Want to learn what emotional intelligence is, why it’s valuable in the workplace, and how to utilize it? Read on for all that and more, including how you can measure an employee’s self-awareness, self-regulation, social skills, empathy, and motivation.
Emotional Intelligence in the Workplace
The most sought-after qualities in new job candidates have long included points such as education, motivation, experience, dependability, and confidence. More recently, emotional intelligence has entered the roster as one of the most desirable traits in individuals in today’s workforce. Emotional intelligence, or EQ, plays a vital role in any employee’s ability to perform effectively as part of a professional team.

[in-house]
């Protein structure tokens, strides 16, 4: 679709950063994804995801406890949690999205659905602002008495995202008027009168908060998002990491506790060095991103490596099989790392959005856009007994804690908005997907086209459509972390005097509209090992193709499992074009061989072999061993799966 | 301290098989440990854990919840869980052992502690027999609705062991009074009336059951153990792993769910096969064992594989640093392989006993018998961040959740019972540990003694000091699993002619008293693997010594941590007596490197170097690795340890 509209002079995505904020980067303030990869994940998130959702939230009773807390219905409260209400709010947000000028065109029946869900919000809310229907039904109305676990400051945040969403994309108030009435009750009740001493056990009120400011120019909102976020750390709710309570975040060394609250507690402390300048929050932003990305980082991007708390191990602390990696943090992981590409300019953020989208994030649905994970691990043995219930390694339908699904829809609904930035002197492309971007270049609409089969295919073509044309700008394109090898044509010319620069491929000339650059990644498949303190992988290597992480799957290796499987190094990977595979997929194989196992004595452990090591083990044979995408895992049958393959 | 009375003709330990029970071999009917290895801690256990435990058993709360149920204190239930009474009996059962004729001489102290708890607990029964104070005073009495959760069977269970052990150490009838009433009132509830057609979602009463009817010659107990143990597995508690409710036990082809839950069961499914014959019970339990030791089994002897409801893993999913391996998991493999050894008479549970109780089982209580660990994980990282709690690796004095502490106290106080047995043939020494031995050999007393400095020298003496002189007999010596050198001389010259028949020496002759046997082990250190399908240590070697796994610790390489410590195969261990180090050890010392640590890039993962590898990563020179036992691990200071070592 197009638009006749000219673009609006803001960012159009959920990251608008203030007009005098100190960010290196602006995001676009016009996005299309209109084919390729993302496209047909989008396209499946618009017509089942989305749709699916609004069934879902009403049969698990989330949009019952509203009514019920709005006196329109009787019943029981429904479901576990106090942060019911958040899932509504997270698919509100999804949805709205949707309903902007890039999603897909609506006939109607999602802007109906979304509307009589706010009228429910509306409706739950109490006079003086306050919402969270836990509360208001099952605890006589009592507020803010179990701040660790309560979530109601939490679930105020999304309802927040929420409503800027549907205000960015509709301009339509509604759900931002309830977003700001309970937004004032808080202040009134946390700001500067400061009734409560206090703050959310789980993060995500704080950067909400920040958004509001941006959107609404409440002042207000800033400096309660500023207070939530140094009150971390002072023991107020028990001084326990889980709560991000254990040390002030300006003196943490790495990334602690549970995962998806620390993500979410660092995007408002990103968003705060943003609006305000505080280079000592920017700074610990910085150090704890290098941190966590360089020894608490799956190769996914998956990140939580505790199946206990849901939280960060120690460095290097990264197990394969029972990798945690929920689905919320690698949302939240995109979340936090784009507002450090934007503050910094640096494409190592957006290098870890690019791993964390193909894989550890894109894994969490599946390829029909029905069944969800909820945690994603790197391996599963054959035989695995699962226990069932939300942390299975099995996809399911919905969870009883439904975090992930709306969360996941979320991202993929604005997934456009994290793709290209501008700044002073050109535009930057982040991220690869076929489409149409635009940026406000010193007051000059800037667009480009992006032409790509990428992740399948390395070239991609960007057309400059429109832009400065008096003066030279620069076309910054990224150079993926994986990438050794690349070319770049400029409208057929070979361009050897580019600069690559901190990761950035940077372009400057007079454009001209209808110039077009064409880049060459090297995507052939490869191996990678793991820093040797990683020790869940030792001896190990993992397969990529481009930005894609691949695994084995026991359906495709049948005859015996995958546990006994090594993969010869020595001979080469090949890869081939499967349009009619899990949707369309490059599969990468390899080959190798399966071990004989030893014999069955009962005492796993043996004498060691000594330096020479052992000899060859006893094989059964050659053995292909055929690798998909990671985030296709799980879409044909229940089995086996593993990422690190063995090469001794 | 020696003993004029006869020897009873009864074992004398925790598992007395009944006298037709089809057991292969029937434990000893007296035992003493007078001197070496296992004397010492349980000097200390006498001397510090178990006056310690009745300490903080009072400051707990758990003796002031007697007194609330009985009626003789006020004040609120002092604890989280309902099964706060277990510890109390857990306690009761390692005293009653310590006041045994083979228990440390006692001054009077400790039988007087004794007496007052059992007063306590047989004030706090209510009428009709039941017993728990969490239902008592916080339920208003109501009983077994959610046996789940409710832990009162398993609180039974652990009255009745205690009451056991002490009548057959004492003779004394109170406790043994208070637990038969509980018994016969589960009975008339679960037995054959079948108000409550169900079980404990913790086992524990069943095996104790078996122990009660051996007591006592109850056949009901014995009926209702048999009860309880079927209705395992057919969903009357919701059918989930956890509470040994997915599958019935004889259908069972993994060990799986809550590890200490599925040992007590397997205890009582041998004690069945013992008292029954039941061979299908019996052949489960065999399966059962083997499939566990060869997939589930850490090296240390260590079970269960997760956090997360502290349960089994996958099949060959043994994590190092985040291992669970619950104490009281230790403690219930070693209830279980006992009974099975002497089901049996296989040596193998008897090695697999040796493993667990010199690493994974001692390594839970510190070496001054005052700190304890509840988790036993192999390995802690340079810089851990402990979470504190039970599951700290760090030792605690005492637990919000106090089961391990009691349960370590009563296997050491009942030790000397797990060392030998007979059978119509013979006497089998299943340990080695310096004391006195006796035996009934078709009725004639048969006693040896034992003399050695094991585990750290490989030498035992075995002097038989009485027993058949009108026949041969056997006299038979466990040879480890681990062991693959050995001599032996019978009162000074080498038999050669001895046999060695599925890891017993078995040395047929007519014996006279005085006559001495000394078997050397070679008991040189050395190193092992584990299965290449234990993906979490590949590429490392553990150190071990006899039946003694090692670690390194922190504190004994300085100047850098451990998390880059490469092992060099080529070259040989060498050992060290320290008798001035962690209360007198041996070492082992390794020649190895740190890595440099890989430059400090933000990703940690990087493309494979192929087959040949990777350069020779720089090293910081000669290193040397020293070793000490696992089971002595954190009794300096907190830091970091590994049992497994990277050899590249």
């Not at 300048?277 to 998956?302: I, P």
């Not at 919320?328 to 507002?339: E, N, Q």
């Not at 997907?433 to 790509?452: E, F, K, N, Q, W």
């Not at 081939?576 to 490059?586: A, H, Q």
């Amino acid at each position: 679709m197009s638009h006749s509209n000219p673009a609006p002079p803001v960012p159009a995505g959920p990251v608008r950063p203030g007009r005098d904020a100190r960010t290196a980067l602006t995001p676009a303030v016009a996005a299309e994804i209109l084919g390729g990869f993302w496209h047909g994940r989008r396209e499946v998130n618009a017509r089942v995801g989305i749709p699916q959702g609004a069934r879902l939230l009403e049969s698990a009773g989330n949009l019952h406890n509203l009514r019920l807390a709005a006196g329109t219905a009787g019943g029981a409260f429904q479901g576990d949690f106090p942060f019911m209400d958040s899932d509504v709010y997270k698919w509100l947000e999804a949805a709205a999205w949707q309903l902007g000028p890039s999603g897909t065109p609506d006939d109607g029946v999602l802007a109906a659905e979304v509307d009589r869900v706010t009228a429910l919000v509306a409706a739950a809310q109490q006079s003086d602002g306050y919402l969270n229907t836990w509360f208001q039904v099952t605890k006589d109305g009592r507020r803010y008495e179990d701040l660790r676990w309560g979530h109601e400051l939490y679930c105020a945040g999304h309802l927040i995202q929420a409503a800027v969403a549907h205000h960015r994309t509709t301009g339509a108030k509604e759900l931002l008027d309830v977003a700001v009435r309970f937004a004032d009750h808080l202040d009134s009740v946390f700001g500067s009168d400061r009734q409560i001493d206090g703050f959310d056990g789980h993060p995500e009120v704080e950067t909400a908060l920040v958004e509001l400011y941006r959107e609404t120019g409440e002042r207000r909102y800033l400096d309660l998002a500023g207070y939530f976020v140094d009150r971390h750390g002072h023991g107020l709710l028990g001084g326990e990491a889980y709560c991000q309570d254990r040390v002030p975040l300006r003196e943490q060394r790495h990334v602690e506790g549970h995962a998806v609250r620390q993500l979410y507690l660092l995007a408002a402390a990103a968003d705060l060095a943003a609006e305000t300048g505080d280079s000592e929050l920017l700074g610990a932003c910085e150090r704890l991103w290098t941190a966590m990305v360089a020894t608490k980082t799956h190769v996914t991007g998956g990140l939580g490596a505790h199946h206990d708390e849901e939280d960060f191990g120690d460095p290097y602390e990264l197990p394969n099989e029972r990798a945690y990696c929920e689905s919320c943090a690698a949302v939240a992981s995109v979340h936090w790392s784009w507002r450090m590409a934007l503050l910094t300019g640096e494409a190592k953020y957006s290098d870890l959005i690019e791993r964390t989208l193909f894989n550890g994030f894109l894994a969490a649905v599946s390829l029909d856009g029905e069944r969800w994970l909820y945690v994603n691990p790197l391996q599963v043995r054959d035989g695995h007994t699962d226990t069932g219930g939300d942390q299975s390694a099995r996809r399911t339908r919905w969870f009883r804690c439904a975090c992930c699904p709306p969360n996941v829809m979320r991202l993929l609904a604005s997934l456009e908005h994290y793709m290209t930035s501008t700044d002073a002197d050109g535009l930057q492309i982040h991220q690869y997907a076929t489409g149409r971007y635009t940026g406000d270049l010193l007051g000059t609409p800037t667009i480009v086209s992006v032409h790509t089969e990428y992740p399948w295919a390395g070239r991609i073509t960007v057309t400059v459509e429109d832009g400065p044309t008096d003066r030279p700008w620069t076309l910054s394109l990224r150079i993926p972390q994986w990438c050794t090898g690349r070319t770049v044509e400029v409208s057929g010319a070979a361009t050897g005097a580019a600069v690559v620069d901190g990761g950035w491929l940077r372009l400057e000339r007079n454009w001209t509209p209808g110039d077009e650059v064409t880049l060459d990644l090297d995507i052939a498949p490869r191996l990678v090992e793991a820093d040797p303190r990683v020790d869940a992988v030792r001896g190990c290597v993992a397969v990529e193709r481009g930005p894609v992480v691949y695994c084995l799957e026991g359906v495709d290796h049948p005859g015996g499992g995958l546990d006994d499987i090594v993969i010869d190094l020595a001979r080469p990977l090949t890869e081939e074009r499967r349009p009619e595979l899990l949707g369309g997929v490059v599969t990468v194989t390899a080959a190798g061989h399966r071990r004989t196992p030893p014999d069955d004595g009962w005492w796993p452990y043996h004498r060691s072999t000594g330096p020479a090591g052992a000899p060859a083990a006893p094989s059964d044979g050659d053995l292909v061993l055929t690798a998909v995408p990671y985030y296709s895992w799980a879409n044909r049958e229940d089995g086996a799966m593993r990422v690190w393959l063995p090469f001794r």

Emotion and personal connection have long been a somewhat taboo topic in the workplace — this outdated idea suggests that interpersonal interaction beyond the extremely professional is unproductive at best, and detrimental at worse. But this couldn’t be farther from the truth. As it turns out, emotionally intelligent employees or groups with high EQ are more productive and more successful than those without. Active awareness and empathy foster team bonding and collective motivation: everyone is working for the success of the group, and the company at large. It is in the best interest of businesses everywhere to bring on employees with this all-important trait.
What is Emotional Intelligence?